The construction of the panels may be from any one of a number of construction materials, such as concrete, masonry, synthetic materials, etc. Alternatively, the panels may be constructed from a foamed plastic material such as polystyrene or polyurethane with a hard-wearing exterior face.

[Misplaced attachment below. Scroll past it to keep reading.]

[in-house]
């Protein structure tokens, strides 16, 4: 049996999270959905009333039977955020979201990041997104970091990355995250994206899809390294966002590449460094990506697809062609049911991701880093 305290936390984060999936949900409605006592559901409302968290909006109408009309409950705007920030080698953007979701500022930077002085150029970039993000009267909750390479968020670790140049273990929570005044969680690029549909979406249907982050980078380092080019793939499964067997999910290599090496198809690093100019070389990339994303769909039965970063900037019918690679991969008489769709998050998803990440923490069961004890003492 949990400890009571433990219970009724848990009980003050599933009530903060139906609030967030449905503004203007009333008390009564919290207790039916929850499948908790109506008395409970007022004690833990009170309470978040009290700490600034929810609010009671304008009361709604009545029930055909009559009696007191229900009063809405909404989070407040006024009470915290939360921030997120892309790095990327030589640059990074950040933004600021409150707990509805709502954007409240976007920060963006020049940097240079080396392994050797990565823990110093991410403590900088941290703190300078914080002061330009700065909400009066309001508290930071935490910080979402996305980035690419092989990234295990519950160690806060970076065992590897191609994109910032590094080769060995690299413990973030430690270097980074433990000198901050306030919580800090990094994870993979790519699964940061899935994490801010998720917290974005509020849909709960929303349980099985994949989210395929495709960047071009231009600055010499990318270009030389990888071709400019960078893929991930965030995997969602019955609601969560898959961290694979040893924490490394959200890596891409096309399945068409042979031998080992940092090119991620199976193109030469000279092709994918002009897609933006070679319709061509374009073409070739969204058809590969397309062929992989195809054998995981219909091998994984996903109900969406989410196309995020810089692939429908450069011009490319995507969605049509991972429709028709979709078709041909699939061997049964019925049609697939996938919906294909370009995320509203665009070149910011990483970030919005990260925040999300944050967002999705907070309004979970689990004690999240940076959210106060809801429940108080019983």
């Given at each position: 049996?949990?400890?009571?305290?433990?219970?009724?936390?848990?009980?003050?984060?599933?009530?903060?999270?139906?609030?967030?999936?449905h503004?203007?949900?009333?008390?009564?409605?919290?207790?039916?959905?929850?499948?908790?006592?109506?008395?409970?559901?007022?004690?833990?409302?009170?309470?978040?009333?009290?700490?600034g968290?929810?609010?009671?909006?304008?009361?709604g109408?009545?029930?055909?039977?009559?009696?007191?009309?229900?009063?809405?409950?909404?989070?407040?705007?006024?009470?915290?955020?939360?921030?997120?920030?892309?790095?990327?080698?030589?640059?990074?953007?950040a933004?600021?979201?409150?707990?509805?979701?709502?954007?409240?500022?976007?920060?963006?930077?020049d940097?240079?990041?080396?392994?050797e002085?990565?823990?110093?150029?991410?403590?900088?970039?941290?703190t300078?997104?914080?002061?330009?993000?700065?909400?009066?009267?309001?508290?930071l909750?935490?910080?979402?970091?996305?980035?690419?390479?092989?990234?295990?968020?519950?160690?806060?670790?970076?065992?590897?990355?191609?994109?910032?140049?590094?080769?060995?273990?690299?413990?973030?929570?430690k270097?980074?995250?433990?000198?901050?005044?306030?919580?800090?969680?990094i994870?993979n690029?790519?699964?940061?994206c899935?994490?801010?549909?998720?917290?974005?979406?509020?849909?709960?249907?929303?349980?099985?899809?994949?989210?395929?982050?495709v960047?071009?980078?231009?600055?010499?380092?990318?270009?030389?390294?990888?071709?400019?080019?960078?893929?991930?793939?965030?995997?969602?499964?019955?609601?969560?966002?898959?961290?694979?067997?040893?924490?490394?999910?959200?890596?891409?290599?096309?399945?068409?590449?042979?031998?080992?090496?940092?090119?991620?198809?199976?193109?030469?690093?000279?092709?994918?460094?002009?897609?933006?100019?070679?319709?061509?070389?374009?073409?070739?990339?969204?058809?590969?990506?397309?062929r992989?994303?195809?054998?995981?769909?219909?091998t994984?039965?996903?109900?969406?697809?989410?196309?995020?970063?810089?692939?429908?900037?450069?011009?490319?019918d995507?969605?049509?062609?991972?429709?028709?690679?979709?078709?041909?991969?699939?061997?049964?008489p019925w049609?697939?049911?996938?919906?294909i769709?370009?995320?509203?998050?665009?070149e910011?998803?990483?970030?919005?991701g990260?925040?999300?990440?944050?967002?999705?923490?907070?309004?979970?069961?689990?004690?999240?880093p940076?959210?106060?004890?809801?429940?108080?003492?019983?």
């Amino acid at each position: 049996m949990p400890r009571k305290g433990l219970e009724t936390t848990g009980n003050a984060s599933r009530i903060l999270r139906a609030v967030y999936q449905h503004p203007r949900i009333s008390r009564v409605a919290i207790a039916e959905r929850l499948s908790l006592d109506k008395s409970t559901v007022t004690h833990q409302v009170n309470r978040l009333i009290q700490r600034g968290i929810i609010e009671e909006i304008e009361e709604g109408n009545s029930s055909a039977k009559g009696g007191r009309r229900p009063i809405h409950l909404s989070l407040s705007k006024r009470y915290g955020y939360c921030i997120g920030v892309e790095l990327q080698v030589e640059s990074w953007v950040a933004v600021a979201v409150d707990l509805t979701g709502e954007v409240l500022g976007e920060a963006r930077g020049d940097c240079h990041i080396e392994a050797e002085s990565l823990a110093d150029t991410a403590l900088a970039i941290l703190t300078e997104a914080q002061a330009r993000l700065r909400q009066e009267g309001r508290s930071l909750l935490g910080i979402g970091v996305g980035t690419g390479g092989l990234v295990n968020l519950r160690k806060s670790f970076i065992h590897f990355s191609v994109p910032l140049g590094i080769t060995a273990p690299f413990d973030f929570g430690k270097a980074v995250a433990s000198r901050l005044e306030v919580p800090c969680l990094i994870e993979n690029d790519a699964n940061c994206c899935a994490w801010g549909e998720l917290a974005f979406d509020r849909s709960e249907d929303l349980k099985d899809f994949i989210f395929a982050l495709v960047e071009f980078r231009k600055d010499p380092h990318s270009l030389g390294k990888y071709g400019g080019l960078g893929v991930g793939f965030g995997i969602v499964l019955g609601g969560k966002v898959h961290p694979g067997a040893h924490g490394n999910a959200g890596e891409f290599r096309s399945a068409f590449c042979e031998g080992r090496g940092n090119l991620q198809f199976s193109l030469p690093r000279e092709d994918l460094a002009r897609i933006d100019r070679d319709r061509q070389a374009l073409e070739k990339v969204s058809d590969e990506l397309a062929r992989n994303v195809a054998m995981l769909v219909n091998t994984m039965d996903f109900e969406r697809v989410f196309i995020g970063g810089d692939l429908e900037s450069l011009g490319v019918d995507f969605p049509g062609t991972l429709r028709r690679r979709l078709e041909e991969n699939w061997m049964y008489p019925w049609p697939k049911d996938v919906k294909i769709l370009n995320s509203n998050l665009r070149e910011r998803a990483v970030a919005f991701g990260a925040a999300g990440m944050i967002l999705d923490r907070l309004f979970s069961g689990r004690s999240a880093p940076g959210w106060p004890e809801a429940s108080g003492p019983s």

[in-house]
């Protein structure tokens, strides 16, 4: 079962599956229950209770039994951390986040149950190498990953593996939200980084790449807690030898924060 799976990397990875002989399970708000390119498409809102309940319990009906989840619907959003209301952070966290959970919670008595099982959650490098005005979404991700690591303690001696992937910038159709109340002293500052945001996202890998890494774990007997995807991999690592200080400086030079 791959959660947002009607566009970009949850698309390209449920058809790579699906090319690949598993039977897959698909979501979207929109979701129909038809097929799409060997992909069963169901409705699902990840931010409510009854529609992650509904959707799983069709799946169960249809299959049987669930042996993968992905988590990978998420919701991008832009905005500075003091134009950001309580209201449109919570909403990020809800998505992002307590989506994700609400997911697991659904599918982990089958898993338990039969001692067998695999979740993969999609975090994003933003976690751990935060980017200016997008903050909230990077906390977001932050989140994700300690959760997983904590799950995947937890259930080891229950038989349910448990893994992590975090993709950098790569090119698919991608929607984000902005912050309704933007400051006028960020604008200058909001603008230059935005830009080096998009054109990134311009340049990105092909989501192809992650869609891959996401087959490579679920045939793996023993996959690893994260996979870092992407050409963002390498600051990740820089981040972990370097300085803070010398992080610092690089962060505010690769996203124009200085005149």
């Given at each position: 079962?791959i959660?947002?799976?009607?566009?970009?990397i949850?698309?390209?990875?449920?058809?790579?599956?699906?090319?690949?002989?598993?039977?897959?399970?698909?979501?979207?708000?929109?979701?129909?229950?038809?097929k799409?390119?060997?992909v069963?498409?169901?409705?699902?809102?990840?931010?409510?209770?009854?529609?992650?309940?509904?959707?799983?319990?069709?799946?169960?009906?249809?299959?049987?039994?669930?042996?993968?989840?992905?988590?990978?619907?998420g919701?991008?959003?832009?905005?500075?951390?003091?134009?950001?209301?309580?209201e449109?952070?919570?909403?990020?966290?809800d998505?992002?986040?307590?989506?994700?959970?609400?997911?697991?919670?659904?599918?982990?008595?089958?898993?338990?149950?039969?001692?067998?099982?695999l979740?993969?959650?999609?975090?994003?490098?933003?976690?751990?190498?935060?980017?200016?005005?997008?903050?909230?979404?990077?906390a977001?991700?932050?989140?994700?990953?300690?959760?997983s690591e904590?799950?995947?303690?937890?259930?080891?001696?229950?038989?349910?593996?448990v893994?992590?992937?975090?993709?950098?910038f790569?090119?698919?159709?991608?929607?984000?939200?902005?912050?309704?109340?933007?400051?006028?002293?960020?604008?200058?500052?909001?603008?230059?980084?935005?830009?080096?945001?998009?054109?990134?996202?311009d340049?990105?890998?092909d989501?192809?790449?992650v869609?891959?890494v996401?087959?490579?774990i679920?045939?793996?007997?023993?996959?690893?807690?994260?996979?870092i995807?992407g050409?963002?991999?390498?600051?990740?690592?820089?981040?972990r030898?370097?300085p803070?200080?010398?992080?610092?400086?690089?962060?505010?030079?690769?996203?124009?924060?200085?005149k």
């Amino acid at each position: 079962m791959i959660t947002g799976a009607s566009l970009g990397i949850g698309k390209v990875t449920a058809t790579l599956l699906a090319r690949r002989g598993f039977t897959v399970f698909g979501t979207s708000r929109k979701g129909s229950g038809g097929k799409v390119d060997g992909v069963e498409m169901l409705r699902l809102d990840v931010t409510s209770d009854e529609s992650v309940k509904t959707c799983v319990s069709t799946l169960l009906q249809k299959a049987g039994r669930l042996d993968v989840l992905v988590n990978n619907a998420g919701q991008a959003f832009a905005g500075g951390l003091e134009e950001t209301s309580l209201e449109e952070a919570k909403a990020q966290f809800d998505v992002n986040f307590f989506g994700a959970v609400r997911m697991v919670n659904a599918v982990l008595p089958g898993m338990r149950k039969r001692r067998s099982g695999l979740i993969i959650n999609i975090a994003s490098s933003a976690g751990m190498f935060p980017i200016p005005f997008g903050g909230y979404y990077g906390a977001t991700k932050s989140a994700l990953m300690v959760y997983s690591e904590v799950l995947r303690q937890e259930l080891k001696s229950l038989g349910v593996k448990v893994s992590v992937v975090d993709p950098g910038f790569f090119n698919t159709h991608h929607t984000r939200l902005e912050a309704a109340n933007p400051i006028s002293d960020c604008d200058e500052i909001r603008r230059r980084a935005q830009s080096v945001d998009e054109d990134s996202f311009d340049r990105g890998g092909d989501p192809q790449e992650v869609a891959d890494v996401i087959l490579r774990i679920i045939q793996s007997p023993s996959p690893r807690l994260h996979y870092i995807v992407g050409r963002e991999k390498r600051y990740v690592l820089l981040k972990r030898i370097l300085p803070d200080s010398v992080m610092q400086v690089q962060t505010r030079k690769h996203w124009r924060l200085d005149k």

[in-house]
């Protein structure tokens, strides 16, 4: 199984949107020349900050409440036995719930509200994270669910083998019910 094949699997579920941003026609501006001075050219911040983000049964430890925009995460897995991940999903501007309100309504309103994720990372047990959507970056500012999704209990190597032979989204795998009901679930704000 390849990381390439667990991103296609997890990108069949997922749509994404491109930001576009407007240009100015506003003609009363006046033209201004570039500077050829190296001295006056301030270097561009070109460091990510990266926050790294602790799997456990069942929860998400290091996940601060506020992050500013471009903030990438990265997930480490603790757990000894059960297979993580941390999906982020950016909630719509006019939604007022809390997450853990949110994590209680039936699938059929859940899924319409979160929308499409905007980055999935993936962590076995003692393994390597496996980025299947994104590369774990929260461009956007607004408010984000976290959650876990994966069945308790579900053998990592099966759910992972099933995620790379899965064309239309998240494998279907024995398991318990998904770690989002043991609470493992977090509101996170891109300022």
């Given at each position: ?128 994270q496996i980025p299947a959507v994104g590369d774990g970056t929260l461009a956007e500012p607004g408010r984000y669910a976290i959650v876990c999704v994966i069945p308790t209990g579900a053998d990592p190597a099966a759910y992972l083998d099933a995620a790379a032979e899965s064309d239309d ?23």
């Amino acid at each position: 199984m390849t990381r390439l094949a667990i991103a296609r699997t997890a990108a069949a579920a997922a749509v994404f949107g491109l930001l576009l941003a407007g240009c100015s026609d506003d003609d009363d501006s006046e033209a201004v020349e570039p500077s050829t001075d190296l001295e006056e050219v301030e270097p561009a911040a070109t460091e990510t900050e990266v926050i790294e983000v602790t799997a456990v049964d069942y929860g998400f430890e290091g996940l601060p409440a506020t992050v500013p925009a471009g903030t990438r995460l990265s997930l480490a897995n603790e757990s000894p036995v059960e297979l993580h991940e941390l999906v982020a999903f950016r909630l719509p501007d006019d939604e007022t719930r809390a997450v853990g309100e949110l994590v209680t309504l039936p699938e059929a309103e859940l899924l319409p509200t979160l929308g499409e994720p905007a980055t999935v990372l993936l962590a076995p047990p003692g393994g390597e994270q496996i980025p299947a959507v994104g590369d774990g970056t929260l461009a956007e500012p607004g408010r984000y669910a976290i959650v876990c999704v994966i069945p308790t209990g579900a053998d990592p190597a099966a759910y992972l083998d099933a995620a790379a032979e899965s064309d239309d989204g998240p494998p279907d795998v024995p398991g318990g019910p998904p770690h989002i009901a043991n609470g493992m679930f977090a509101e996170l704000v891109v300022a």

In the embodiment illustrated in FIG. 5, the panel 26 comprises a rigid foamed plastic core 27 of polyurethane with an exterior face consisting of staggered rows 28 of brick veneer bonded to the foamed core 27. A rigid backing 29 such as plywood, fiberboard, hard plastic, clipboard, etc. is located on the inside of the foamed plastic core 27. The vertical joint in each panel has vertical and horizontal segments to match the staggered rows 28 of brick veneer. In FIG. 6 the main horizontal joint 30 is shown formed between the upper panel 31 and lower panel 32. A cross-section through this horizontal joint 30 is illustrated in FIG. 7. The rigid backing 29 on the-lower panel 32 extends approximately ,4 to 3 inches above the horizontal joint to provide a nailing strip 33 for the panel. The panels may be fastened to the building frame by mechanical fasteners or adhesive with this nailing strip 33. To form the horizontal joint the surface of the top side of each panel is formed in the manufacturing process to contain a stepped shoulder 34 with a short horizontal surface 35 in the plastic core 36, followed by a sloping surface 37v which slopes towards the exterior face 38. The surface of the bottom side of the upper panel 31 has a boss 39 which slides between the shoulder 34 and the rigid backing 33 on the lower panel 32 when the two "panels are assembled to provide a positive location.,The surface of the bottom side of the upper panel 31 has a horizontal surface 40 and a sloping surface 41 in the plastic core 36 which corresponds to the horizontal surface 35 and sloping surface 37 in the lower panel 32 but which is designed to leave a cavity 42, preferably 4 inch or more in depth, to act as a capillary stop. The cavity 42 becomes smaller as the-upper sloping surface 41 and the lower sloping surface 37 taper to approximately 1/32 inch at the exterior face 38. A caulking or gasket material may be used between the nailing strip 33 of the lower panel 32 and the foamed core 36 of the upper panel 31 to act as a wind seal. This may also be accomplished by the use of building paper. Any water which forces its way into the cavity 42 drains to the exterior face 38 of the panels down the upper sloping surface 37 of the lower panel 32 or drains at each end of the pane] through the vertical joints to the exterior face 38.